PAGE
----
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Just started Sertraline and worried. Please help.

(18 Posts)
Psion Thu 07-Jul-16 11:12:32

I spent 3 months taking Trazadone + a low dose of Quetiapine for severe anxiety and depression. The medication did absolutely nothing to help me, and in fact I believe it exacerbated my problems. But the psychiatrist insisted 'it was an excellent combination' and wouldn't take me off it.

A couple of weeks ago I was discharged from the Crisis Team, and sent back to my GP. He immediately agreed that my meds weren't working and changed me to 50mg of Sertraline + 100mg of Quetiapine, still.

I was nervous of starting as I have heard so many negatives about starting sertraline. But within 2 days I was feeling much calmer inside and sleeping very well, with none of the awful panicky early waking I'd been having before. My head felt quite buzzy and distant but it was actually quite pl;easant.

But I'm now getting really worried because 12 days into taking sertraline I am floored by the fatigue. I don't want to do anything just sit and sit. It is really hard to drag myself out of bed in the morning, and I spend most afternoons snoozing on the sofa.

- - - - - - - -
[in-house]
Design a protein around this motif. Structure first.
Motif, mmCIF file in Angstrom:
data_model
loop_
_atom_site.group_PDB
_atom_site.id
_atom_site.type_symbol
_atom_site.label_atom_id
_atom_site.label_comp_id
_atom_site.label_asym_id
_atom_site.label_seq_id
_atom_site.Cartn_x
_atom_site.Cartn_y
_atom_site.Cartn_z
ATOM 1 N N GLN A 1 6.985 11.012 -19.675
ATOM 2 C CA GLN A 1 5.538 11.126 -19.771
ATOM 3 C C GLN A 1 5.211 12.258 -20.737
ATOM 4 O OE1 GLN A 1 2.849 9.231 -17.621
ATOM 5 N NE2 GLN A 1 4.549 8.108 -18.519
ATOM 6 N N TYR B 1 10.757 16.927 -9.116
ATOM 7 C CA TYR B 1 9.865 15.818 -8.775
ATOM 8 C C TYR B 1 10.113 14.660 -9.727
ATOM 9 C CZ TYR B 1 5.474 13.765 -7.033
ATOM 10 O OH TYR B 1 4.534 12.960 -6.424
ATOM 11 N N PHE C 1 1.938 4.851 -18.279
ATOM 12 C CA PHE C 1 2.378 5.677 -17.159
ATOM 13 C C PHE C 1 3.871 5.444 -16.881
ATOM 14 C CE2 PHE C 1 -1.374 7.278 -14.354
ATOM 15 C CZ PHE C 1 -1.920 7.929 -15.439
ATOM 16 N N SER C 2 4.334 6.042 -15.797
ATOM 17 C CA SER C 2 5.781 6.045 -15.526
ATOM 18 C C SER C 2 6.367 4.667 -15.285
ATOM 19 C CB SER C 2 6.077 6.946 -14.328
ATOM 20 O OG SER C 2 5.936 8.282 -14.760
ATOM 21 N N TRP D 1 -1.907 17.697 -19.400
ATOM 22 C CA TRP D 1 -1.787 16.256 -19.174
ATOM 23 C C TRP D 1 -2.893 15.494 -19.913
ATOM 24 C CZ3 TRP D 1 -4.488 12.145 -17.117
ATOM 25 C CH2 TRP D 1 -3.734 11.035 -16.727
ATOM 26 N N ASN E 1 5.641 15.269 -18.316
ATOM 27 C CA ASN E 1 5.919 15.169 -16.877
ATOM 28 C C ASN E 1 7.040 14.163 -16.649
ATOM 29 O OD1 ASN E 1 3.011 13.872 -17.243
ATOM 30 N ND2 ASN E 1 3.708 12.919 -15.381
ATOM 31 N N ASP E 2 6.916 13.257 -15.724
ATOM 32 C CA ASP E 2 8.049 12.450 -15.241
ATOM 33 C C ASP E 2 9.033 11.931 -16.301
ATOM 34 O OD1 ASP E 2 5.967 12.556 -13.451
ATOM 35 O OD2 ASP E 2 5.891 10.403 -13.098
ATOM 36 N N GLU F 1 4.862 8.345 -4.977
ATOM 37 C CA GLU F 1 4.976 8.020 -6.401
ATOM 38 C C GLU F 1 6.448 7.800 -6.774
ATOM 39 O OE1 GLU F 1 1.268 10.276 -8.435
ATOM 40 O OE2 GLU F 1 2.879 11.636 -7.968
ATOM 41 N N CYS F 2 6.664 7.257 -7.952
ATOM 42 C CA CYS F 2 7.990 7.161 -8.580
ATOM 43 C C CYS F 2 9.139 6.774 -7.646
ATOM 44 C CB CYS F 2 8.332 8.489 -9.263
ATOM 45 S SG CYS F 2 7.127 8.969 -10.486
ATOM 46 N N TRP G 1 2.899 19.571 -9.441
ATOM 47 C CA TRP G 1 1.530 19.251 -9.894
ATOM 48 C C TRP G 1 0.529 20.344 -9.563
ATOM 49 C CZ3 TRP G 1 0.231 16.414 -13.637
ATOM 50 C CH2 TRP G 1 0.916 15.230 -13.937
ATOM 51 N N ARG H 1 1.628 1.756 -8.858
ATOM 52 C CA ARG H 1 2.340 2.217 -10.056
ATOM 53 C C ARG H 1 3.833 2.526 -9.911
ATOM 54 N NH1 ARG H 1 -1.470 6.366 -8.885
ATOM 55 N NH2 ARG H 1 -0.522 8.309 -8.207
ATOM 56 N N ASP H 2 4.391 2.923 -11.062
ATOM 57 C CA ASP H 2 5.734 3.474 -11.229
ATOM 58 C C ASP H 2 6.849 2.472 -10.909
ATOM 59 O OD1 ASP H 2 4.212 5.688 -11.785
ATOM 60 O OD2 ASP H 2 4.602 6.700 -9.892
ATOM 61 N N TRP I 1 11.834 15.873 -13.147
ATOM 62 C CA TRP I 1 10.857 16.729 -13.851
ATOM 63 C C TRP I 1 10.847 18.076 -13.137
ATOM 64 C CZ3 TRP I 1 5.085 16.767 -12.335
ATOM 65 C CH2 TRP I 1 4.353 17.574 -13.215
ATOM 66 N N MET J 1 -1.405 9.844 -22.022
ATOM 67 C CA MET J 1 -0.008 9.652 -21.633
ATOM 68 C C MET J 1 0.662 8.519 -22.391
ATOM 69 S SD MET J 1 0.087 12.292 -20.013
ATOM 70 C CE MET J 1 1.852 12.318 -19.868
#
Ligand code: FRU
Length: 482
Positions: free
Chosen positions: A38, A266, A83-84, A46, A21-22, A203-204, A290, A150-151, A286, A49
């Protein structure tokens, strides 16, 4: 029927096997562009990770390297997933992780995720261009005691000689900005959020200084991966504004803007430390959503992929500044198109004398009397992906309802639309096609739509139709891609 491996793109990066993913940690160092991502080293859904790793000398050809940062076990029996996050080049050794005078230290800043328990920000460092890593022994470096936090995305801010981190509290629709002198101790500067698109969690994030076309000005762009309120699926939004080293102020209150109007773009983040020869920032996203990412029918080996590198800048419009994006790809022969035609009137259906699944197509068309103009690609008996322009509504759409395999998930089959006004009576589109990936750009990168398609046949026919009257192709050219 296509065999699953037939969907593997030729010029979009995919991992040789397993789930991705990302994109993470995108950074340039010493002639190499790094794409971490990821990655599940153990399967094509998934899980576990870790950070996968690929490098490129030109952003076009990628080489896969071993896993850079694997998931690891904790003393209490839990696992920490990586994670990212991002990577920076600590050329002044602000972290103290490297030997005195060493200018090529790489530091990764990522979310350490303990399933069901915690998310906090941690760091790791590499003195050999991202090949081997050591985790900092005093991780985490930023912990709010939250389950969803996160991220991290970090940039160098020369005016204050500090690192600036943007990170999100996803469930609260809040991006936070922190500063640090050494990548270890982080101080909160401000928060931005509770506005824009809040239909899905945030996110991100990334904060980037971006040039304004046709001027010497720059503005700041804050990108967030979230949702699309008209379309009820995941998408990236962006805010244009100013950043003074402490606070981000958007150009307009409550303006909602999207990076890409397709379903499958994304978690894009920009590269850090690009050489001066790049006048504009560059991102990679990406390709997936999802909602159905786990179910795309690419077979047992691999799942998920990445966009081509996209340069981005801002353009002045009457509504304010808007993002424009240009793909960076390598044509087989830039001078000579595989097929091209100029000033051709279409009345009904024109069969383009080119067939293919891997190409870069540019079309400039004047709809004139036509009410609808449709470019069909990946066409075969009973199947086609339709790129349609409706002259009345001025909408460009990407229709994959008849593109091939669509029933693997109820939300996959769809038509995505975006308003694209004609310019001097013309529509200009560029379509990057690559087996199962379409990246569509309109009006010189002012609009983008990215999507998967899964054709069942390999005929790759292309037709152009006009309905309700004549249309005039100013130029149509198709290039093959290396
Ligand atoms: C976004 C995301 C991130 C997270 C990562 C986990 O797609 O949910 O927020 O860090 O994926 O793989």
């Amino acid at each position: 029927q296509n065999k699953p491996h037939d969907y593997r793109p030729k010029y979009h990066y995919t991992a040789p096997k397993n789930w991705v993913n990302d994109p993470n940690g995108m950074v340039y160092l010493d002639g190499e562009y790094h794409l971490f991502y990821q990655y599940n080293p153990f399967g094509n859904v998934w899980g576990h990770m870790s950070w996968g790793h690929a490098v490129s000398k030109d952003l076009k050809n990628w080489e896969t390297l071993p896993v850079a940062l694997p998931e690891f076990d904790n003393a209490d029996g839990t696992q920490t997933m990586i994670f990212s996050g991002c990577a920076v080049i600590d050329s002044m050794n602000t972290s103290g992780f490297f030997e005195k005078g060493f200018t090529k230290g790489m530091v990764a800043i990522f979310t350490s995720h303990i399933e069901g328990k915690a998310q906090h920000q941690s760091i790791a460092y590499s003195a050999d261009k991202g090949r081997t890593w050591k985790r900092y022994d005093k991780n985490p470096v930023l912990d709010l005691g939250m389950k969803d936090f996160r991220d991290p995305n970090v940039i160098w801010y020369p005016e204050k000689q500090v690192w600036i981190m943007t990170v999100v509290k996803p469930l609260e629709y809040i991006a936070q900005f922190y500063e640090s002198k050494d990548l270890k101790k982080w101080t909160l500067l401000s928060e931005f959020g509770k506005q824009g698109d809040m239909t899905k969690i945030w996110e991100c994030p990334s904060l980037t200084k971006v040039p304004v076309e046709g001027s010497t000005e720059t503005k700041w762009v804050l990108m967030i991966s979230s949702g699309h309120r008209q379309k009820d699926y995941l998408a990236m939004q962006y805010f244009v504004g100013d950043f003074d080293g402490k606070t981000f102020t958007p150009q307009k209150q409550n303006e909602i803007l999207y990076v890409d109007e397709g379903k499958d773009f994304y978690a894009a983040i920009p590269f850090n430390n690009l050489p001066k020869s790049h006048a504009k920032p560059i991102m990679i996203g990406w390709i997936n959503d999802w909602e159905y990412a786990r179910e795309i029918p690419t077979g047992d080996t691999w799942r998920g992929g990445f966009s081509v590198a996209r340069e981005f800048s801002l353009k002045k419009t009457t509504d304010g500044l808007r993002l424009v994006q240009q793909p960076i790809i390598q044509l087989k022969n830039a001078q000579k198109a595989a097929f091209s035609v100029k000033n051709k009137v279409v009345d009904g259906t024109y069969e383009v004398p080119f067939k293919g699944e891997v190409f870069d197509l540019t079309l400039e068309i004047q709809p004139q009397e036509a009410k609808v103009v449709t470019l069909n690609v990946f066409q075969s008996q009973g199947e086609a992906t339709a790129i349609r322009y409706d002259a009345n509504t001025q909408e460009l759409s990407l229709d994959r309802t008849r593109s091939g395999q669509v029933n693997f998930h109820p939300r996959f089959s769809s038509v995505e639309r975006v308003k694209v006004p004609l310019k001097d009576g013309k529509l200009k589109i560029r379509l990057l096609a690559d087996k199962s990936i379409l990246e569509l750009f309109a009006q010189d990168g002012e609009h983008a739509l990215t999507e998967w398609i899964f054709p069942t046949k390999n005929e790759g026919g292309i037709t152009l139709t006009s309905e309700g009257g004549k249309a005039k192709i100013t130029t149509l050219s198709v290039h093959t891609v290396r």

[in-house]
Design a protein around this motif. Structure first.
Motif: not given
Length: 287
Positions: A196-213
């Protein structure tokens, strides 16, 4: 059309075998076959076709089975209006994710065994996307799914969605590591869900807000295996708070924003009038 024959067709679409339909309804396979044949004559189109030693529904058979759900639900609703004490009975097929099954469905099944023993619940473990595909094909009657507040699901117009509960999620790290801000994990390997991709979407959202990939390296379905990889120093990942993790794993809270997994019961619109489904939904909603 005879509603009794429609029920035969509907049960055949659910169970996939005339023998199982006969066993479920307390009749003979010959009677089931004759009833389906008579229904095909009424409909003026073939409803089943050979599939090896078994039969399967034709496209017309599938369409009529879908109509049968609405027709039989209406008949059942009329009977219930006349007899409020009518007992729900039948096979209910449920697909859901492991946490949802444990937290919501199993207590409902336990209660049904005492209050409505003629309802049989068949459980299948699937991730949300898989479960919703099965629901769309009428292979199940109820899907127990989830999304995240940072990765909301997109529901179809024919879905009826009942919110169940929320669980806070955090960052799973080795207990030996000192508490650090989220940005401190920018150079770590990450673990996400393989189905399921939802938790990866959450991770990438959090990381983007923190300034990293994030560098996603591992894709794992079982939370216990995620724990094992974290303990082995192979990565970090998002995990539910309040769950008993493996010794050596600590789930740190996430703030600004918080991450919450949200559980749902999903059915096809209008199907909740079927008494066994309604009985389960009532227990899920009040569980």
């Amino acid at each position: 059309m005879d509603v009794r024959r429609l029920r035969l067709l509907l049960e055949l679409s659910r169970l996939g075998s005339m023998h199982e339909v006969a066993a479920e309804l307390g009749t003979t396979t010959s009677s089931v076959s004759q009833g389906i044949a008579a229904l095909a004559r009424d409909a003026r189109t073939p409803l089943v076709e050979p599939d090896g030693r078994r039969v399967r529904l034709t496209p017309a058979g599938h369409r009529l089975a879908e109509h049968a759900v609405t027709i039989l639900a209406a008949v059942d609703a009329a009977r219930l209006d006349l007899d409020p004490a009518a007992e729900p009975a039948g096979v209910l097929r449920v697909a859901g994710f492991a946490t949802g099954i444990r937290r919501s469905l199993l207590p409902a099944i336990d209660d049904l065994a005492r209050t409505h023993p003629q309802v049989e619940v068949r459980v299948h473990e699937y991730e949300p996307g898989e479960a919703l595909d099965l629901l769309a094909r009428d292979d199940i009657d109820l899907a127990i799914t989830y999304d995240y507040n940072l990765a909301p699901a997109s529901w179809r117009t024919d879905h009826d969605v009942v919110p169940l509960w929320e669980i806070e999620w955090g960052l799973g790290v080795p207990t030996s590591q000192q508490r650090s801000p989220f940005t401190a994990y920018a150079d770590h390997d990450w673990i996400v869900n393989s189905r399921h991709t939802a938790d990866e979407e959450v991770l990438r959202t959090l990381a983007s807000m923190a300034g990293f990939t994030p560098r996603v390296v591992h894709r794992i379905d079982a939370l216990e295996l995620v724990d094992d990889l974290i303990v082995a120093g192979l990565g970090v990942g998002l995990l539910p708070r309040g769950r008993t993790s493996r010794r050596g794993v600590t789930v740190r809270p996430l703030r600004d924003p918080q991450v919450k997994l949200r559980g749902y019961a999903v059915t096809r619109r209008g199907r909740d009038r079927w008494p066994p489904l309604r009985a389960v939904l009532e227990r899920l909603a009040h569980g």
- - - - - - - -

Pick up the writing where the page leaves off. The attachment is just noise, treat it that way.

Also, I feel totally emotionless, just hollow. I honestly can't muster any emotion about anything. There's no deadening depression, or intense feelings of despair like I was having whilst on previous meds. And the relentless suicidal ideation has completely stopped (which is a blessing). But those horrible feelings have been replaced by a sort of light 'nothingness' inside.

It's a definite improvement on how low and despairing I was feeling before, and I haven't cried in over 2 weeks. But it's starting to scare me how numb and hollow I'm feeling. I didn't get up until 10, had a quick shower and got dressed, and tidied up and put some washing on. But I'm just going to spend the rest of the day on the sofa either reading or napping. When on my previous meds I was far too anxious and agitated to ever sit down and relax during the day, it was impossible to do. But now the pendulum has swung too far the other way.

Has anyone experienced similar when starting Sertraline, and how long did it last for?

Idontknowwhoiam Thu 07-Jul-16 11:17:30

If you're feeling a bit better emotionally maybe the fatigue is your body's way of healing and allowing you to rest after months of severe anxiety which would've taken a toll on your body.